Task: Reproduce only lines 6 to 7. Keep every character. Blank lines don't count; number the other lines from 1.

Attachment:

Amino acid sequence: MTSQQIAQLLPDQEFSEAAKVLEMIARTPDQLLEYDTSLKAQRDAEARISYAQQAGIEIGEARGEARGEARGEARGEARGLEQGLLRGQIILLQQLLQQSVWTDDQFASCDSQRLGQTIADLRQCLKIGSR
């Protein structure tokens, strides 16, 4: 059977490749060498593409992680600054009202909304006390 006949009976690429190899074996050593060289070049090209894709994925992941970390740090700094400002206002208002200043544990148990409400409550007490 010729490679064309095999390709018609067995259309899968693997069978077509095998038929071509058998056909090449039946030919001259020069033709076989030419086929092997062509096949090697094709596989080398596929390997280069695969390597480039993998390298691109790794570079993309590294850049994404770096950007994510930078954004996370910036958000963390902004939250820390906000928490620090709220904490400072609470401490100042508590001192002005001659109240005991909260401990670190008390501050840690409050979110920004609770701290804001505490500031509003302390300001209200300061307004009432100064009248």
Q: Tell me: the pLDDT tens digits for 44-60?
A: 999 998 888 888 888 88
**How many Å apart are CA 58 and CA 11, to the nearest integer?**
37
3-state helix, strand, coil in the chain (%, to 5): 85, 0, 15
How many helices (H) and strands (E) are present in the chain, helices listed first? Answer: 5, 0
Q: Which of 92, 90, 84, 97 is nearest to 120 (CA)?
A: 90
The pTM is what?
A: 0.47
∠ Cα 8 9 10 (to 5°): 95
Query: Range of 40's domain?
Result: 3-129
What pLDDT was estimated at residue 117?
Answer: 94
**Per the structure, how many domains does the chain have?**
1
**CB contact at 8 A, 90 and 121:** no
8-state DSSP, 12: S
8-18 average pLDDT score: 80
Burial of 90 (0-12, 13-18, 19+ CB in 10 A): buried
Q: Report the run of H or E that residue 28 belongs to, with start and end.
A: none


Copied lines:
37
3-state helix, strand, coil in the chain (%, to 5): 85, 0, 15